Weiyang Palace

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Weiyang Palace
UNESCO World Heritage Site
Historic Site of Weiyang Palace 08 2013-09.JPG
Historic site of Weiyang Palace
Official nameSite of Weiyang Palace in Chang'an City of the Western Han Dynasty
LocationXi'an, Shaanxi, China
Part ofSilk Roads: the Routes Network of Chang'an-Tianshan Corridor
CriteriaCultural: ii, iii, iv, vi
Inscription2014 (38th Session)
Area611.09 ha (2.3594 sq mi)
Buffer zone5,422.02 ha (20.9345 sq mi)
Coordinates34°18′16″N 108°51′26″E / 34.30444°N 108.85722°E / 34.30444; 108.85722Coordinates: 34°18′16″N 108°51′26″E / 34.30444°N 108.85722°E / 34.30444; 108.85722
Weiyang Palace is located in China
Weiyang Palace
Location of Weiyang Palace in China
Weiyang Palace
Chang Le Gong and Wei Yang Gong by Bi Yuan.jpg
Qing Dynasty illustration of Weiyang Palace and Changle Palace
Simplified Chinese未央宫
Traditional Chinese未央宮
Literal meaningThe Endless Palace

The Weiyang Palace (Chinese: 未央宮) was the main imperial palace complex of the Han dynasty and numerous other Chinese dynasties, located in the city of Chang'an (modern-day Xi'an). It was built in 200 BC at the request of the Emperor Gaozu of Han, under the supervision of his prime minister Xiao He. It served as the administrative centre and imperial residence of the Western Han, the Xin dynasty, the Eastern Han (during the reign of the Emperor Xian of Han), the Western Jin (during the reign of the Emperor Min of Jin), the Han Zhao, the Former Qin, the Later Qin, the Western Wei, the Northern Zhou, and the early Sui dynasty.

The palace survived until the Tang dynasty when it was burned down by marauding invaders en route to the Tang capital Chang'an. This was the largest palace ever built on Earth,[1] covering 4.8 km² (1,200 acres), which is 6.7 times the size of the current Forbidden City, or 11 times the size of the Vatican City.[2] Today, little remains of the former palace. The site of the palace, along with many other sites along the eastern section of the Silk Road, was named a UNESCO World Heritage Site in 2014.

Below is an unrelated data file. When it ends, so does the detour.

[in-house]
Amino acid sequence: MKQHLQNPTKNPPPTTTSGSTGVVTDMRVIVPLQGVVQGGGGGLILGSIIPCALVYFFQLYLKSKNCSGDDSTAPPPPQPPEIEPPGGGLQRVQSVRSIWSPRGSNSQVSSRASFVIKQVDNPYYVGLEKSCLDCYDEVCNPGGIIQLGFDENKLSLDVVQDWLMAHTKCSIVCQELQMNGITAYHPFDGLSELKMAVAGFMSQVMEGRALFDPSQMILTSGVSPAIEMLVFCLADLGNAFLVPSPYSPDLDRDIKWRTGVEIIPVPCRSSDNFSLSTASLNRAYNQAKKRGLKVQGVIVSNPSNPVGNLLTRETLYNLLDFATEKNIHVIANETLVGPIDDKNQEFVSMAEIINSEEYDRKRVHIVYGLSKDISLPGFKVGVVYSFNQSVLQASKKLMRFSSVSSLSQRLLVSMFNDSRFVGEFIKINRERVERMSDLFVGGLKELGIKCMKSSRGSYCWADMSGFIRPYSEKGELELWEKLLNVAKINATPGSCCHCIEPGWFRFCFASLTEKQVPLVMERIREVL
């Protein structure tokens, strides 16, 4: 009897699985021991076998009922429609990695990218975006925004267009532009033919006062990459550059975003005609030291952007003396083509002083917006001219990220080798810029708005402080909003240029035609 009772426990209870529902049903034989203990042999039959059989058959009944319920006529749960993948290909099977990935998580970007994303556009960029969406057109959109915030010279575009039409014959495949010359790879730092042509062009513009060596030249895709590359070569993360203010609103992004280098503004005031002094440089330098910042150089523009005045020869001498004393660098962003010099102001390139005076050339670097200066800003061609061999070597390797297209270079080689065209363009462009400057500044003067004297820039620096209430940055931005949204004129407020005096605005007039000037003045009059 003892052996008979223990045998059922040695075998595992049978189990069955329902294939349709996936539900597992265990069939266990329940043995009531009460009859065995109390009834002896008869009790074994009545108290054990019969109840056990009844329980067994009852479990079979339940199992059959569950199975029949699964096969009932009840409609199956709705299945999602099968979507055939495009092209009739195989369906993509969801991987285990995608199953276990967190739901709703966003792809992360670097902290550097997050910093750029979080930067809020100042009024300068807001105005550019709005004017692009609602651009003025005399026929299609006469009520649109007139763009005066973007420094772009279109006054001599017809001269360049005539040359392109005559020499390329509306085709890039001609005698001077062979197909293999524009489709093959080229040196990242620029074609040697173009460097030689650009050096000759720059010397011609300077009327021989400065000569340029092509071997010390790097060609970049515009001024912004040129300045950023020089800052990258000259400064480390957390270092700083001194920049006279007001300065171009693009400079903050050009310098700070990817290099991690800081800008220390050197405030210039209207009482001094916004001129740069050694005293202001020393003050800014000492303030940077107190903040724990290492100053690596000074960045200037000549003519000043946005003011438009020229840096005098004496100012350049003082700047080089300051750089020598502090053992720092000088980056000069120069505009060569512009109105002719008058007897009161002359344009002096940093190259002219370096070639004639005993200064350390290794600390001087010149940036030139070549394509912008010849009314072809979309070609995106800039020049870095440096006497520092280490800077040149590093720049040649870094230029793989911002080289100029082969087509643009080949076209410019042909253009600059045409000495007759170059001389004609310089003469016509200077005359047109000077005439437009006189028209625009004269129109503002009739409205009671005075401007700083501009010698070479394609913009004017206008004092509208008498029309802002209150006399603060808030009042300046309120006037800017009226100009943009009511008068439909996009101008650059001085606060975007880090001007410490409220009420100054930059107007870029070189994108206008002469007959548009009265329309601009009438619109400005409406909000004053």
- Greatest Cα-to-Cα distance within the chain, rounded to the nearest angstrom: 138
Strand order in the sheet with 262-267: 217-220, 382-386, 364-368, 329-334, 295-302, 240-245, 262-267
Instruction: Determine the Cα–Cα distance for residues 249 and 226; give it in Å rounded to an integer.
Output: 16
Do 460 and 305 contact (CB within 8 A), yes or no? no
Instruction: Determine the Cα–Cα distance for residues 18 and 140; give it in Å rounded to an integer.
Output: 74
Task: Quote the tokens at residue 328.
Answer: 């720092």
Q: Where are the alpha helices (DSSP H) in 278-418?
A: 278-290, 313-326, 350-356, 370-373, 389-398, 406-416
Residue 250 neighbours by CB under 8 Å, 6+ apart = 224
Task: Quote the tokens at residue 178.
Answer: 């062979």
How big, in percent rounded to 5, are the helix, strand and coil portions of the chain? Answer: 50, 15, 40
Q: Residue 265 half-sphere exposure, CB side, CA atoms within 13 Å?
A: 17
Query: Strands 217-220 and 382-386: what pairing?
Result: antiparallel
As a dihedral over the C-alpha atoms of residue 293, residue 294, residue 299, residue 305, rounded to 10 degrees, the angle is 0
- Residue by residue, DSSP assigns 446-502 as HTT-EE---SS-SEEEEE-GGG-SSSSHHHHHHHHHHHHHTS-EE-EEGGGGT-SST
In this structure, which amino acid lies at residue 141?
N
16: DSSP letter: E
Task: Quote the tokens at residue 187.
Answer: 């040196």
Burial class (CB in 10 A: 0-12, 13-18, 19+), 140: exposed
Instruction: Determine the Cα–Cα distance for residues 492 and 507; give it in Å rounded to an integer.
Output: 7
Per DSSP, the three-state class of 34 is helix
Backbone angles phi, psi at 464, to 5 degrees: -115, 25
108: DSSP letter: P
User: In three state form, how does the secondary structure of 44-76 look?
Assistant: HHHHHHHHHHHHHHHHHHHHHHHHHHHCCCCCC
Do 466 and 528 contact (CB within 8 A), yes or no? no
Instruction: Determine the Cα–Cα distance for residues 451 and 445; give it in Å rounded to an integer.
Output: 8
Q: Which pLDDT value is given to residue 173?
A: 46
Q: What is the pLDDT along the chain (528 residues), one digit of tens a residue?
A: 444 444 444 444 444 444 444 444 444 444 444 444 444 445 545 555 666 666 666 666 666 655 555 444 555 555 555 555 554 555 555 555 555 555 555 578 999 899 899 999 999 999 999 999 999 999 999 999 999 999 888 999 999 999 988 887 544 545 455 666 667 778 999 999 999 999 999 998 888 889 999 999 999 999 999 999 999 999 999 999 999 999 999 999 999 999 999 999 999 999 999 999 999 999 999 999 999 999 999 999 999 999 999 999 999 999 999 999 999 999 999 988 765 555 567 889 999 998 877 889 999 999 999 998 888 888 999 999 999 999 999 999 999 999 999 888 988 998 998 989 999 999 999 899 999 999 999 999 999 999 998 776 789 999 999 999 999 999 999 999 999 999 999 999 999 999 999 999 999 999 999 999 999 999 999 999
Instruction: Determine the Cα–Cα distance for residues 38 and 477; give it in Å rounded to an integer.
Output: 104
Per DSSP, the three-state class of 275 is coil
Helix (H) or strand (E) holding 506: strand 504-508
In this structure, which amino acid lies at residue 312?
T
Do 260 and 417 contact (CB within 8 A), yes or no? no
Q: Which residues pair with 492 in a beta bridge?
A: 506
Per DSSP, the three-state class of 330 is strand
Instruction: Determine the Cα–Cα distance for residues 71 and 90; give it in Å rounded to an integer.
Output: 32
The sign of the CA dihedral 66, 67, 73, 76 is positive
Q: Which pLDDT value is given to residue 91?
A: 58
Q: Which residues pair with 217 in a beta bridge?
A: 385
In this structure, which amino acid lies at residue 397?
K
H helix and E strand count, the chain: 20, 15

"Weiyang" (未央) literally means "(something) hasn't reached its midpoint", "has more than a half to go", but colloquially it can be translated as "endless", which is probably what the name is actually alluding to. Together with the name of Changle Palace (長樂宮, perpetual happiness), which was built 2 years before, it can be interpreted to mean, "The perpetual happiness hasn't reached its midpoint yet."


Weiyang palace was sited to the southwest of Han Dynasty Chang'an and is therefore also called the Western Palace (西宫). Surrounded by walls, the palace complex was rectangular, with a length of 2,150 metres east-west and 2,250 metres north-south. Each side of the walls had a single main gate, with the eastern and northern gates (facing Chang'an city) built with gate towers.

Historic Site of Weiyang Palace 01 2013-09.JPG

Major architectures within the palace include:

  • Front Hall (前殿)
  • Xuanshi Hall (宣室殿)
  • Wenshi Hall (温室殿)
  • Qingliang Hall (清凉殿)
  • Jinhua Hall (金华殿)
  • Chengming Hall (承明殿)
  • Gaomen Hall (高门殿)
  • Baihu Hall (白虎殿)
  • Yutang Hall (玉堂殿)
  • Xuande Hall (宣德殿)
  • Jiaofang Hall (椒房殿)
  • Zhaoyang Hall (昭阳殿)
  • Bailiang Platform (柏梁台)
  • Qilin Pavilion (麒麟阁)
  • Tianlu Pavilion (天禄阁)
  • Shiqu Pavilion (石渠阁)


  1. ^ Spilsbury, Louise (2019). Ancient China. p. 20. ISBN 9781515725596.
  2. ^ "Weiyang Palace: the Largest Palace Ever Built on Earth".